Name in subject line from complete strangers or from people I have some type of connection?

    Makes a huge difference: no, I will not open, for the first group, yes, I will open, for the second.
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  • Profile picture of the author EnterIn
    That's informative. I'm not surprised by the low open rates in the IM niche. A lot of useless stuff being sold there.

    Here's my discovery:

    The emails I open are the ones I know have something highly valuable inside (ideally from a person with credibility).

    So for me, if I somehow know that I'll get a gold bar every time I open your email, you can put my mother in law's name, my dogs name, my name... Doesn't matter.

    It's chiefly about how desirable what's inside that email is.

    There's a guy who sends me an email every once in a while. He sends irregularly and sometimes after a long time.

    Guess what?

    I ALWAYS open his emails. There's some highly valuable (to me) stuff in there.

    So ultimately, name's in the subject line and such tactics depend on the value of the message (and your knowledge of that value) for their effectiveness.
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  • Profile picture of the author Artkantos
    Using the name in the subject line is an old, overused marketing trick, at the end of the day the only thing that really matter is the relationship between the sender and the audience and if the subject line is relevant for that audience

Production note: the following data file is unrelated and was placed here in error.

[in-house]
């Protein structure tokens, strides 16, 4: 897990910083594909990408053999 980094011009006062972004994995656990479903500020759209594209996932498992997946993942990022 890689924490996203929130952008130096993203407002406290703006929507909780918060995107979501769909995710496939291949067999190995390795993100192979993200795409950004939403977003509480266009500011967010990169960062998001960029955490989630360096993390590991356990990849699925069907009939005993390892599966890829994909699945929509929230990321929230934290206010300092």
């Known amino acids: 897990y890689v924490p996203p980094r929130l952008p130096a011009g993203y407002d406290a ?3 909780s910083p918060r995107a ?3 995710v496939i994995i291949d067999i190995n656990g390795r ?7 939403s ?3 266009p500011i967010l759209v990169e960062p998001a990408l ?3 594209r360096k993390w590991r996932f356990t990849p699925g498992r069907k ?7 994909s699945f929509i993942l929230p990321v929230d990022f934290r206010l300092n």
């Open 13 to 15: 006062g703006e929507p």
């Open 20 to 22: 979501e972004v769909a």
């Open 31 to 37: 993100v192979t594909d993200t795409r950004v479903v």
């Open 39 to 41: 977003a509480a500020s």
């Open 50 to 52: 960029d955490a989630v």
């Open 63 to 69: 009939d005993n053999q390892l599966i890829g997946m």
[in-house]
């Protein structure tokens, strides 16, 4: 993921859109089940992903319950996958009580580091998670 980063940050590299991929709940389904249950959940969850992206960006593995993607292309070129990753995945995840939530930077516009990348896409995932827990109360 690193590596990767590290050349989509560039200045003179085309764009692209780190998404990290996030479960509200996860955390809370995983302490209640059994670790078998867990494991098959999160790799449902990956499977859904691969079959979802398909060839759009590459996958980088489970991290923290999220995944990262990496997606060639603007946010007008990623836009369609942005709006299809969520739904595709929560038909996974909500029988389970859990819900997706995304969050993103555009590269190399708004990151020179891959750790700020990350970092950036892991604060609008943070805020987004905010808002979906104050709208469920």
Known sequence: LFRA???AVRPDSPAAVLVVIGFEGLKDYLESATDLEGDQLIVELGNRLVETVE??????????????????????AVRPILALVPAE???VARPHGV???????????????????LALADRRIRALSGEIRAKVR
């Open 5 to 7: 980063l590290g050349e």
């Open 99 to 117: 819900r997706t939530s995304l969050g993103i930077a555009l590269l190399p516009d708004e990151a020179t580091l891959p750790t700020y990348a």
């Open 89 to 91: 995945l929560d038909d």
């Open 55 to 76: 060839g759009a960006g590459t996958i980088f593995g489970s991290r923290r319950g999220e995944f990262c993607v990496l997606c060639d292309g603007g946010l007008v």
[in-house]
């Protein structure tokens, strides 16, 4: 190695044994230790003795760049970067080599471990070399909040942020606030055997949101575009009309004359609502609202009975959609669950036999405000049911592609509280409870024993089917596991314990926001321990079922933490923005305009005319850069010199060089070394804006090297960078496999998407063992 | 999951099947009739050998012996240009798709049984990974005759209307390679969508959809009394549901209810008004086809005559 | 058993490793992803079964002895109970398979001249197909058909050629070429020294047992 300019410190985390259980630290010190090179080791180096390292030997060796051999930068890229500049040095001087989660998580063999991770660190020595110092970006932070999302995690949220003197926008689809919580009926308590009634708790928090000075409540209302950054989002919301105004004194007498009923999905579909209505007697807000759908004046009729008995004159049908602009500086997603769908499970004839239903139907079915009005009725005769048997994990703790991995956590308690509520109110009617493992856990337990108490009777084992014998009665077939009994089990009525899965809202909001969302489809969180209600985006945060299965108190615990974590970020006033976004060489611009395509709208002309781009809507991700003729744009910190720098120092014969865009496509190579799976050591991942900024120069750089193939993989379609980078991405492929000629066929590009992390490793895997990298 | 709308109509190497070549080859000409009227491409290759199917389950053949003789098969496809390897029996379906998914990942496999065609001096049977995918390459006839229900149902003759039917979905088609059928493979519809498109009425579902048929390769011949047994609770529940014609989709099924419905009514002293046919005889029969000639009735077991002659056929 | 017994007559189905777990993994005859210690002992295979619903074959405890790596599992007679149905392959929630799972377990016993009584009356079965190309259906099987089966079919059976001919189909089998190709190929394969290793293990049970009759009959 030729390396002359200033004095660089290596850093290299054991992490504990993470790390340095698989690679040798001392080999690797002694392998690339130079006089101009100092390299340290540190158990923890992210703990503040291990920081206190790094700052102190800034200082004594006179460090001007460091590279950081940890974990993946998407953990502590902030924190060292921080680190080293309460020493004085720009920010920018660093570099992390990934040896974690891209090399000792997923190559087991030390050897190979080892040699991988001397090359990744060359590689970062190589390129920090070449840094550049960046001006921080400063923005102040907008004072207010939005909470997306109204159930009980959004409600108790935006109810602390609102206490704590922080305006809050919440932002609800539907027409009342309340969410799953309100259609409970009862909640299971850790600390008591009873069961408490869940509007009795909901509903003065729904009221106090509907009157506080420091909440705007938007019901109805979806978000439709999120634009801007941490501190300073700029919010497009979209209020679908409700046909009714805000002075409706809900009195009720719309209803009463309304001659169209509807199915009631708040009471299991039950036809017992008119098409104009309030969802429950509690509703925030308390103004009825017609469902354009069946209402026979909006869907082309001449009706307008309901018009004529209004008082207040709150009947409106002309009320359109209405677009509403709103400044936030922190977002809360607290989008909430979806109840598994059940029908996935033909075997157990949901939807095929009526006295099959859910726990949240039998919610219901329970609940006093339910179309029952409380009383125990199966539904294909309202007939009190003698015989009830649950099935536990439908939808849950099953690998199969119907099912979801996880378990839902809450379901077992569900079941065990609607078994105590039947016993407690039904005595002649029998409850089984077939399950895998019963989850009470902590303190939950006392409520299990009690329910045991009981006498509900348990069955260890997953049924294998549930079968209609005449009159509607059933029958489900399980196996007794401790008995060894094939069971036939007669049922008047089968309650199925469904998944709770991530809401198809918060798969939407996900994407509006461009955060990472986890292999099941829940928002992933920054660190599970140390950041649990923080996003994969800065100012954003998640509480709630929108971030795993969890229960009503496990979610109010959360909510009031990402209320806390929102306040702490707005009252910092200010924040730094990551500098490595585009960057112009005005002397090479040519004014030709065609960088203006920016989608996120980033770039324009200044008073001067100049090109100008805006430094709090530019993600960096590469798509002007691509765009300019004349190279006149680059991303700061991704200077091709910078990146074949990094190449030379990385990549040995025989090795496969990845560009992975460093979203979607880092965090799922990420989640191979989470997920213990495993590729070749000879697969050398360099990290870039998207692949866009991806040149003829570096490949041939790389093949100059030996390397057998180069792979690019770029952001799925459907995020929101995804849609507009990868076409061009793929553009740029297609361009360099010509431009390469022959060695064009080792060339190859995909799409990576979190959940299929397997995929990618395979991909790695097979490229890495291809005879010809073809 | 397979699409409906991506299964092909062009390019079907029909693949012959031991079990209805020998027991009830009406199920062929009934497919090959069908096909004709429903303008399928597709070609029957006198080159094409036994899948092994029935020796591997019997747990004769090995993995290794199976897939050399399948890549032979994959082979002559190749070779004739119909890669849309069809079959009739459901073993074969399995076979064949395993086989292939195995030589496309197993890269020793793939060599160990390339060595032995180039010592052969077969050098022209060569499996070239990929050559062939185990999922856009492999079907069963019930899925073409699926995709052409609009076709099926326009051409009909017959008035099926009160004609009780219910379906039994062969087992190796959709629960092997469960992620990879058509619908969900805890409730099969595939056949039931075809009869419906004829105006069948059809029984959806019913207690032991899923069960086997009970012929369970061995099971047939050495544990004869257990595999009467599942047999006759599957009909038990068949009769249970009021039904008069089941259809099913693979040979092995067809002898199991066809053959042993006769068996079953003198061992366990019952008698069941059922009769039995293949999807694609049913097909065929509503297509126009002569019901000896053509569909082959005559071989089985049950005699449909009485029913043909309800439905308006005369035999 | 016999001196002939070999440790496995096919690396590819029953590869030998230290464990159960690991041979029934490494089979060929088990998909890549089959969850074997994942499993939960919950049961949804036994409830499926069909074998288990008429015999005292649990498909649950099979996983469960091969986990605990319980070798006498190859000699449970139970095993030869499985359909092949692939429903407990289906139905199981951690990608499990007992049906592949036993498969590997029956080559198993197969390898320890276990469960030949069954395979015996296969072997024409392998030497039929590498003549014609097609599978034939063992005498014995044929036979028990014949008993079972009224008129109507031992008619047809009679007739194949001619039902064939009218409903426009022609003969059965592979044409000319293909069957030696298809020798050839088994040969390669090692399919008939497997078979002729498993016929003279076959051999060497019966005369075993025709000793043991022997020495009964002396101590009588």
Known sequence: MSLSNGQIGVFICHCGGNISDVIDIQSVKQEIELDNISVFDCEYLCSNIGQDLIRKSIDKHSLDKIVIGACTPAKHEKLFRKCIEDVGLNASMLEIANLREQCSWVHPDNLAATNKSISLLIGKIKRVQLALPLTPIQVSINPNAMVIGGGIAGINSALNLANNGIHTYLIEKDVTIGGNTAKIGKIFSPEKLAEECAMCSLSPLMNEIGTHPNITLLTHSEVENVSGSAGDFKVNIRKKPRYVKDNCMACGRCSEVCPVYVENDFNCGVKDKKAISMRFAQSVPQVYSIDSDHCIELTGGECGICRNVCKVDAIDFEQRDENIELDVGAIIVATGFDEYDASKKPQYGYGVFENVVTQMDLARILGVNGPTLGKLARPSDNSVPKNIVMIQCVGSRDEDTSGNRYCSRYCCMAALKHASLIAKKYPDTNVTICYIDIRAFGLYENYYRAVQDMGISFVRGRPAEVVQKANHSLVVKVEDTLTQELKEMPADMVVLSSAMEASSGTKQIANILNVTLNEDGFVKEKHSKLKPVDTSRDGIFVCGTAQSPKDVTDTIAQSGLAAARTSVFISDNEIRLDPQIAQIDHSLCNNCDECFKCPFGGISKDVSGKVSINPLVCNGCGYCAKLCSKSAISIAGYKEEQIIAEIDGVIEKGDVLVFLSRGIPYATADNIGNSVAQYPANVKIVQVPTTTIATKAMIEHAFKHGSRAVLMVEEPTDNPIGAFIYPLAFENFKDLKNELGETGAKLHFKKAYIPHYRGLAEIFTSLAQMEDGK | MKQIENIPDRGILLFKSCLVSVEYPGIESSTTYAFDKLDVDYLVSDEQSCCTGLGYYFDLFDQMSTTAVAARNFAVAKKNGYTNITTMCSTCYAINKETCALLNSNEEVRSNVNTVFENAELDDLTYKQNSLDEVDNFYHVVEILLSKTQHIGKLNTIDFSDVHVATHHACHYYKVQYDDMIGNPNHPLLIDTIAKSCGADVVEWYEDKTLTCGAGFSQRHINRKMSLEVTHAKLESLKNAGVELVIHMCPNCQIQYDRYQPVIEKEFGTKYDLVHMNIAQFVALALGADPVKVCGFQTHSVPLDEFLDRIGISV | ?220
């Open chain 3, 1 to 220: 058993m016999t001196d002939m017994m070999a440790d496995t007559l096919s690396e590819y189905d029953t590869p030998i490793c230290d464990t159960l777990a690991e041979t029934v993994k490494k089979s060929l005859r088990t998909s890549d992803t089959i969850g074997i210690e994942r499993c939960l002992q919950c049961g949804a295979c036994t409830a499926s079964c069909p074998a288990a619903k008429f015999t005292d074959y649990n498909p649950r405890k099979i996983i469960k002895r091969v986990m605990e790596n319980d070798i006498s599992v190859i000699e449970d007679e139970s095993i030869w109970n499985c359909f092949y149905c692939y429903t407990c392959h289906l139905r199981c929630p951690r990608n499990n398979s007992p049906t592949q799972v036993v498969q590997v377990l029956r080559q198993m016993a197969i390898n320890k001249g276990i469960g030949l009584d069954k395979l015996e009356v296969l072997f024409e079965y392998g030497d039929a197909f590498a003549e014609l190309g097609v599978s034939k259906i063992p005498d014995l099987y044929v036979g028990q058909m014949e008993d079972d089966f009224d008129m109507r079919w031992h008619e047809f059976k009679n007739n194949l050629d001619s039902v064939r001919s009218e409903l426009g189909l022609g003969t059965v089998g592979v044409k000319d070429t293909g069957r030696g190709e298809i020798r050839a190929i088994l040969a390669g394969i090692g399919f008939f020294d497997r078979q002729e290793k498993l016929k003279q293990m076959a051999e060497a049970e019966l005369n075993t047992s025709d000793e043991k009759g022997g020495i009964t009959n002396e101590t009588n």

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  • Profile picture of the author Suman Rawat
    Name in the subject line attract reader's and push to open it.
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    • Profile picture of the author DABK
      Do it? I must not be a reader, then, coz I think those are spam and do not open them.

      Originally Posted by Suman Rawat View Post

      Name in the subject line attract reader's and push to open it.
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    • Profile picture of the author Artkantos
      Originally Posted by Suman Rawat View Post

      Name in the subject line attract reader's and push to open it.
      It's a psychological thing, your name is the most relevant thing for you, therefore you tend to pay attention when you see it written...BUT after years of being overused, that doesn't work anymore, I personally have noticed it in my inbox and that's exactly what the study is showing.
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  • Utilize the same guidelines as when you write a hook at the beginning of an article. You need to intrigue the reader and entice them to keep reading.
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  • Profile picture of the author spartan14
    Well i think its very important to use names in the subject lines as its a psichological fact that when you say the name of a person it feels better .Also i remember when i get emails with my name in the subject line i was very temped to open it